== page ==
Amtrak Ordered to Improve Safety on Northeast Corridor

Following Tuesday's deadly derailment in Philadelphia, the Federal Railroad Administration (FRA) has instructed Amtrak to immediately take several actions to improve safety along its Northeast Corridor.

Amtrak has been ordered to expand the use of a speed restriction system in the area of the crash to northbound trains, assess the curve speeds along the Northeast Corridor and increase the amount and frequency of signage about authorized speeds on different areas of the tracks.

Amtrak Train 188 derailed Tuesday as it entered a curve at 106 mph in Philadelphia, killing eight passengers and injuring more than 200. Federal investigators will take months to determine the cause of the crash. Speed, not equipment failure, has emerged as a key factor, although the FBI is also looking into the train possibly being struck by a projectile.

"We are continuing to work with the NTSB to understand exactly what happened on Tuesday so we can prevent this type of devastating accident from ever happening again," U.S. Transportation Secretary Anthony Foxx said Saturday in a press release. "While we do not yet know everything that happened, we do know - without question - that protecting rail passengers is our top priority.”

The actions ordered by the FRA are expected to be formalized in the coming days via an emergency order, the release said.

"These are just initial steps, but we believe they will immediately improve safety for passengers on the Northeast Corridor," said Acting Federal Railroad Administrator Sarah Feinberg. 

Amtrak has said it hopes to restart limited service Monday.

Specific details about the order:

Technology to control train speeds: Automatic Train Control - ATC - is currently in use for southbound trains at and near the derailment site to enforce speed restrictions. Amtrak has been ordered to immediately ensure that same technology is in use to enforce speed restrictions for northbound trains. ATC detects when a train is traveling above the speed limit, sending a signal to the engineer. If the engineer fails to act to slow the train down, ATC will automatically apply the train's brakes.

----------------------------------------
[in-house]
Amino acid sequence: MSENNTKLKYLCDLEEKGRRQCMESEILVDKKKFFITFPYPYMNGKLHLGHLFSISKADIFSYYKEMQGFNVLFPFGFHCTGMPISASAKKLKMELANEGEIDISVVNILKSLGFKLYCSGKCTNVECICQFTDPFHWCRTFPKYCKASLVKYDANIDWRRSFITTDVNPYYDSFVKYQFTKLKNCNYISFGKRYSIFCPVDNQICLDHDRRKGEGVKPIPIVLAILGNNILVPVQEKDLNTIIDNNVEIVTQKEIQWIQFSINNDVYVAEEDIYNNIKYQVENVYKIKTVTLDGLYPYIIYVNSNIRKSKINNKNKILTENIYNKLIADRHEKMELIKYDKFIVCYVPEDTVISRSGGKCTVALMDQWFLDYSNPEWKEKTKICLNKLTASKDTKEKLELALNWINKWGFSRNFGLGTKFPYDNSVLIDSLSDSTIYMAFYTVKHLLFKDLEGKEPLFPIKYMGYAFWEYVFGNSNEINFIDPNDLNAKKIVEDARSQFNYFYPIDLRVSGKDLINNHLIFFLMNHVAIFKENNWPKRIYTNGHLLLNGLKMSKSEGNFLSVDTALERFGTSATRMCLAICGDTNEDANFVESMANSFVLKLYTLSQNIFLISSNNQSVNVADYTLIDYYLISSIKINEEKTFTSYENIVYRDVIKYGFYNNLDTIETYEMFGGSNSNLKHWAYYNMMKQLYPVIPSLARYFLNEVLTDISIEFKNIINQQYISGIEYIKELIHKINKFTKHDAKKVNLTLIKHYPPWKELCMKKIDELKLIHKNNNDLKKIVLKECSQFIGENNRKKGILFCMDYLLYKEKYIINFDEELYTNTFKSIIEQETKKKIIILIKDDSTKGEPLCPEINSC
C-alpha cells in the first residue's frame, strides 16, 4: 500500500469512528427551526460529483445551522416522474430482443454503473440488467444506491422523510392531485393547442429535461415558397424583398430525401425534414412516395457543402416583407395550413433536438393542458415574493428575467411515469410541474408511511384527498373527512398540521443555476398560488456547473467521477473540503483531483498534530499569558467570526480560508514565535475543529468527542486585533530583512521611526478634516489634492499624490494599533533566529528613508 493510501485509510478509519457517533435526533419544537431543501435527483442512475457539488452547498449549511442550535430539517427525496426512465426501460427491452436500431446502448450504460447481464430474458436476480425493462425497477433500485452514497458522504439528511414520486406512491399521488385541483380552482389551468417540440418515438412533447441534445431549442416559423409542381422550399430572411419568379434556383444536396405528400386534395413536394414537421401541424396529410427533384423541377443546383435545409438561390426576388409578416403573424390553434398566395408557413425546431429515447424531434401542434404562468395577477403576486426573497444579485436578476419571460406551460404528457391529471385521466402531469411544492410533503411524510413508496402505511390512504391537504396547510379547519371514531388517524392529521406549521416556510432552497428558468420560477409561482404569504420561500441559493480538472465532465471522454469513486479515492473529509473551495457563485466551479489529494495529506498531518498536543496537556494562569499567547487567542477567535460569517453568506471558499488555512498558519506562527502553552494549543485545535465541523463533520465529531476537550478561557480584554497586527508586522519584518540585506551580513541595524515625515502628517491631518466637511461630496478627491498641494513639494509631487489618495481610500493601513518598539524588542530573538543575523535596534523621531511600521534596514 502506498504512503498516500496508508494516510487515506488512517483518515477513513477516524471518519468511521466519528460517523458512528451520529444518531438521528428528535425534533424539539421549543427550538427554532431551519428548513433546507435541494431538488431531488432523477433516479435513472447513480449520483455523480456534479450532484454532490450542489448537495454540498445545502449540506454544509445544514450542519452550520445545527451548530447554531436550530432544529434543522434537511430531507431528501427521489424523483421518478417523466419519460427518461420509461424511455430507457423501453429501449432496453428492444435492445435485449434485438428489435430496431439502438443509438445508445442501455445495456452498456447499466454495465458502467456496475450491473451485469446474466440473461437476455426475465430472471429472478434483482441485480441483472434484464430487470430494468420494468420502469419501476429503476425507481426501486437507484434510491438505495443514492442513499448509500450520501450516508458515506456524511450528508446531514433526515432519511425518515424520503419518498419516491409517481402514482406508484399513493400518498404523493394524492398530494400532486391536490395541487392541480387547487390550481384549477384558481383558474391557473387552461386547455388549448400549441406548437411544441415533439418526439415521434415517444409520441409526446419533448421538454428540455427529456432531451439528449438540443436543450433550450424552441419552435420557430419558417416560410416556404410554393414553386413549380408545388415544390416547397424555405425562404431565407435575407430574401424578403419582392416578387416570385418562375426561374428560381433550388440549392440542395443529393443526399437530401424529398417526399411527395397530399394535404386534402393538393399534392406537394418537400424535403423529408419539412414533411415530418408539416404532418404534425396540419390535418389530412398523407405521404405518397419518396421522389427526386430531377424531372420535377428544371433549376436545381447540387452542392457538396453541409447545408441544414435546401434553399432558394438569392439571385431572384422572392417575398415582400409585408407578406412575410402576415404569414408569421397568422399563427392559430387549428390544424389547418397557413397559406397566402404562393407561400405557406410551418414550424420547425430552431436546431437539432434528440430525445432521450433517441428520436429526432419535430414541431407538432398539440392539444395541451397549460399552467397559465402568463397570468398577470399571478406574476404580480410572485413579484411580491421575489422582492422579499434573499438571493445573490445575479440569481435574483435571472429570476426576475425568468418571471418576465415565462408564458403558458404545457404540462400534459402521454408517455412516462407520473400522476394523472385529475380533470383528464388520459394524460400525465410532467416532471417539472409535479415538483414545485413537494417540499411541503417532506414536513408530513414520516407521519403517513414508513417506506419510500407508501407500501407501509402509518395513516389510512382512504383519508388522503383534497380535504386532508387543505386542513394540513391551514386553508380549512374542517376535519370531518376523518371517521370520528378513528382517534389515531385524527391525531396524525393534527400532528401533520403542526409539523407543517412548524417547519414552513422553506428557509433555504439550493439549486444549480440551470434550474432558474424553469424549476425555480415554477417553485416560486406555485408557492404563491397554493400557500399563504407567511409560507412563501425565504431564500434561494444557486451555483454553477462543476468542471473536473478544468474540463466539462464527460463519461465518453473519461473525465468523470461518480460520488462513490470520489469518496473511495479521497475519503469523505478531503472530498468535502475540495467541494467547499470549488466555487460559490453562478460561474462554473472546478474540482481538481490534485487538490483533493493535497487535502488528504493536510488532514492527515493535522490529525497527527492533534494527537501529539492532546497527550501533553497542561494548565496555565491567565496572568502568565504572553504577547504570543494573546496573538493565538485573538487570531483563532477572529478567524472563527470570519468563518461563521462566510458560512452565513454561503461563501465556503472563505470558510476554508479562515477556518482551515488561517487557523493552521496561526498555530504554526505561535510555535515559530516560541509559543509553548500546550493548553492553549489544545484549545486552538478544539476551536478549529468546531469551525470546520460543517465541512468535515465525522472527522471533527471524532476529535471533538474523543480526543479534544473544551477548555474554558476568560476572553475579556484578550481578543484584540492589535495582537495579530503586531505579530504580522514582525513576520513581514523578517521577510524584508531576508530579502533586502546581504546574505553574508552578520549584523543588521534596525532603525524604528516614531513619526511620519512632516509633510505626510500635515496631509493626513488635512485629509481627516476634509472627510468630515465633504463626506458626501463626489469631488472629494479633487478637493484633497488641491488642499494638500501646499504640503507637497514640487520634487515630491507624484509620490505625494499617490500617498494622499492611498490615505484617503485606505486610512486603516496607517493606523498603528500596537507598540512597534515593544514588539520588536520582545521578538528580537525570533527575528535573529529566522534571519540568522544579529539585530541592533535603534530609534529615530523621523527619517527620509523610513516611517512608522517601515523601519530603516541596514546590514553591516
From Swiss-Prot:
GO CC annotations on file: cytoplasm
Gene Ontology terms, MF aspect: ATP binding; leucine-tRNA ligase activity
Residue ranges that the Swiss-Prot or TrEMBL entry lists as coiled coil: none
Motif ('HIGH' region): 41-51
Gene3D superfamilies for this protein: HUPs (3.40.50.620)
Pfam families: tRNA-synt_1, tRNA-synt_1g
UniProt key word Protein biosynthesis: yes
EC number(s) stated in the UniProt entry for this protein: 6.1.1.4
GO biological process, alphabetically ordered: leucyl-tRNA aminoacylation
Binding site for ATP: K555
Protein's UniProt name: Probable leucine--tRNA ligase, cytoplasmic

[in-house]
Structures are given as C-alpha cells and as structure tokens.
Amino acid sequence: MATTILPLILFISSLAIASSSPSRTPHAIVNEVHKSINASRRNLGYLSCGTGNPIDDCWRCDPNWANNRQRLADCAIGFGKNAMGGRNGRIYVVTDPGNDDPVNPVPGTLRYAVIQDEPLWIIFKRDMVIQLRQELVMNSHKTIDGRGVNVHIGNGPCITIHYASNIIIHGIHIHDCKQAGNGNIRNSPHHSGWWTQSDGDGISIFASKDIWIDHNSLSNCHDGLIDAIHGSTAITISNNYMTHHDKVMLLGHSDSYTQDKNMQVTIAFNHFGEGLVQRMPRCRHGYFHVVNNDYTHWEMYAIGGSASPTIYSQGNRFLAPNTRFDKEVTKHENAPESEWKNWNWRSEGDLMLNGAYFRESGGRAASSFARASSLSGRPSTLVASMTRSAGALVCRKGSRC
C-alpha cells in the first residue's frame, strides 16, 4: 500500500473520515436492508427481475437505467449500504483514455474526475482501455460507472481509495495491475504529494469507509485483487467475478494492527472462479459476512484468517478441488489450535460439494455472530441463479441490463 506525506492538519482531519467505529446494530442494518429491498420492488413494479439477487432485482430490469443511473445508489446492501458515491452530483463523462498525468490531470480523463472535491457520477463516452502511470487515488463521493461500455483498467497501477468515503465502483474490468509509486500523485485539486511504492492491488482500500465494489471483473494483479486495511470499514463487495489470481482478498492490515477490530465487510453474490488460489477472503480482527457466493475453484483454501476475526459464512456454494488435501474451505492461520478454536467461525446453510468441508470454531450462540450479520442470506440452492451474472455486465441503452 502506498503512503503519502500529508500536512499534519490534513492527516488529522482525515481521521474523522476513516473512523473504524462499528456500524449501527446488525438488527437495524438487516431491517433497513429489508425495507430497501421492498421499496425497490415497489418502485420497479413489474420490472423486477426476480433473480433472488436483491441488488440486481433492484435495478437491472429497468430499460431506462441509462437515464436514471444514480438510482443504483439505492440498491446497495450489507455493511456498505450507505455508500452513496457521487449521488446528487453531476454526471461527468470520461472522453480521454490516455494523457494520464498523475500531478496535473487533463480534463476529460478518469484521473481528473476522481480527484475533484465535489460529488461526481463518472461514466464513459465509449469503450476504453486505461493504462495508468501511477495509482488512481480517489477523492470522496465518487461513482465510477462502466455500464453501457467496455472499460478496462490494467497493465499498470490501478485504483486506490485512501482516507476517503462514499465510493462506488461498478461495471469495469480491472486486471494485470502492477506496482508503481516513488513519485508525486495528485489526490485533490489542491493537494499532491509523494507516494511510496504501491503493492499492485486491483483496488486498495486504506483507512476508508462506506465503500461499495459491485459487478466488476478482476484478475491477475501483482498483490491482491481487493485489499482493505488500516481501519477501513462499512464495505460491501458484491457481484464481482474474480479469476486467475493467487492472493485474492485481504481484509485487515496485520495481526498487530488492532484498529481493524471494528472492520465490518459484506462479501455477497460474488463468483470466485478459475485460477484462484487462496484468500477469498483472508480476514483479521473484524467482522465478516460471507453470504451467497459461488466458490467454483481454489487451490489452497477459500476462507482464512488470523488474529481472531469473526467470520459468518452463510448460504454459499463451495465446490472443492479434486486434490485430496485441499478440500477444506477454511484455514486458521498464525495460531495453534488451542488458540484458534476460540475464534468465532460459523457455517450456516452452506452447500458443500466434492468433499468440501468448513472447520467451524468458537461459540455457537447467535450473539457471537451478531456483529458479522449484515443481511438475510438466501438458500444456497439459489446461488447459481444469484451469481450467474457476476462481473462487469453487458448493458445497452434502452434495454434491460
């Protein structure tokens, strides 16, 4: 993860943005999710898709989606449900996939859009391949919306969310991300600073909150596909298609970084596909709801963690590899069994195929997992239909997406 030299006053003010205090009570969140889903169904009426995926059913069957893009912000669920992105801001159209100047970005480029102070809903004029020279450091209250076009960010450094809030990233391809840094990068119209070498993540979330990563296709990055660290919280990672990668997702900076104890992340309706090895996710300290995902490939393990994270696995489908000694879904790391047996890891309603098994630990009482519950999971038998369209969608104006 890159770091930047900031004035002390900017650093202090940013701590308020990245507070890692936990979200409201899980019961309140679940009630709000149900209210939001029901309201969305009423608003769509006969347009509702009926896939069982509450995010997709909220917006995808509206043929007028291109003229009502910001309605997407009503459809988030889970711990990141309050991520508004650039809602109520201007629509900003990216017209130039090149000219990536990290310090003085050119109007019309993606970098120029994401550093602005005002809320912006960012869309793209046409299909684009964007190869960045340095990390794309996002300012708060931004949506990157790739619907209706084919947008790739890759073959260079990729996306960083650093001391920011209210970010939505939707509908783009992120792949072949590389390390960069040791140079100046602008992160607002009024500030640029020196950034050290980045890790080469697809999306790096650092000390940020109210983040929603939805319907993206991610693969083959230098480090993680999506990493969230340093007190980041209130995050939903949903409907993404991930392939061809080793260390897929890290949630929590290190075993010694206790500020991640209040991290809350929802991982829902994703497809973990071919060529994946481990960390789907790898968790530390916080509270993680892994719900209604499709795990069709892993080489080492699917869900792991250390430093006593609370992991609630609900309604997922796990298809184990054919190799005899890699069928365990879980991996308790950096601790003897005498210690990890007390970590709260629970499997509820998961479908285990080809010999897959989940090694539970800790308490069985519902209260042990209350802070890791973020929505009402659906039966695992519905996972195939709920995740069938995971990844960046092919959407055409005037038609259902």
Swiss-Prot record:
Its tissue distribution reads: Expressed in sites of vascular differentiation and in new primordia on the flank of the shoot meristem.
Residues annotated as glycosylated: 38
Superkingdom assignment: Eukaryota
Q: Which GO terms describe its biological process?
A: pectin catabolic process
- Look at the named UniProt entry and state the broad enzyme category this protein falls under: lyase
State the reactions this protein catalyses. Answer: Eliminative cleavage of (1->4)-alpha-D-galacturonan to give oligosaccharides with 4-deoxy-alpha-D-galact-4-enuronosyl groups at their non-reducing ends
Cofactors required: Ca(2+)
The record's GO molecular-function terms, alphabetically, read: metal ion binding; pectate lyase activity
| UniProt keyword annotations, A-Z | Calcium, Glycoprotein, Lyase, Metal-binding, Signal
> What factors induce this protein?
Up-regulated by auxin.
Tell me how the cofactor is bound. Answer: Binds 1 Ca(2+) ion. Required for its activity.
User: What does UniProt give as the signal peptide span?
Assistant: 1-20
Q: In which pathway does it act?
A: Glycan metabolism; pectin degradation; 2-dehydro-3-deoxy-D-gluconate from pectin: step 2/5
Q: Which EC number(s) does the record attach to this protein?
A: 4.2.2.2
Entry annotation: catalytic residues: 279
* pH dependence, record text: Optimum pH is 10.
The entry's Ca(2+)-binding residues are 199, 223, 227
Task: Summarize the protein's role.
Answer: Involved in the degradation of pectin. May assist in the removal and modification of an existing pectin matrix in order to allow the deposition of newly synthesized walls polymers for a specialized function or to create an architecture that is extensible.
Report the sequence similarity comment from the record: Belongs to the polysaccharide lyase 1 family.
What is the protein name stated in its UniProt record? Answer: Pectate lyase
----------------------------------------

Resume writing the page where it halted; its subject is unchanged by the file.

Assess risk at all curves on NEC: Amtrak has been ordered to analyze all curves on the NEC to assess risk. In areas where approach speed is significantly higher than curve speed, the appropriate technology intended to prevent over-speed derailments must be implemented immediately. Amtrak must also take a new look at all curves along the corridor and determine if more can be done to improve safety in any of these areas. Amtrak will report back to the Federal Railroad Administration with its findings.

Speed limit signage: Amtrak must increase its wayside signage alerting engineers and conductors of the maximum authorized speed throughout the NEC. Increasing the amount and frequency of signage provides a redundant means to remind engineers and conductors of the authorized speed, in addition to information they receive from the ATC system and other operations documents.

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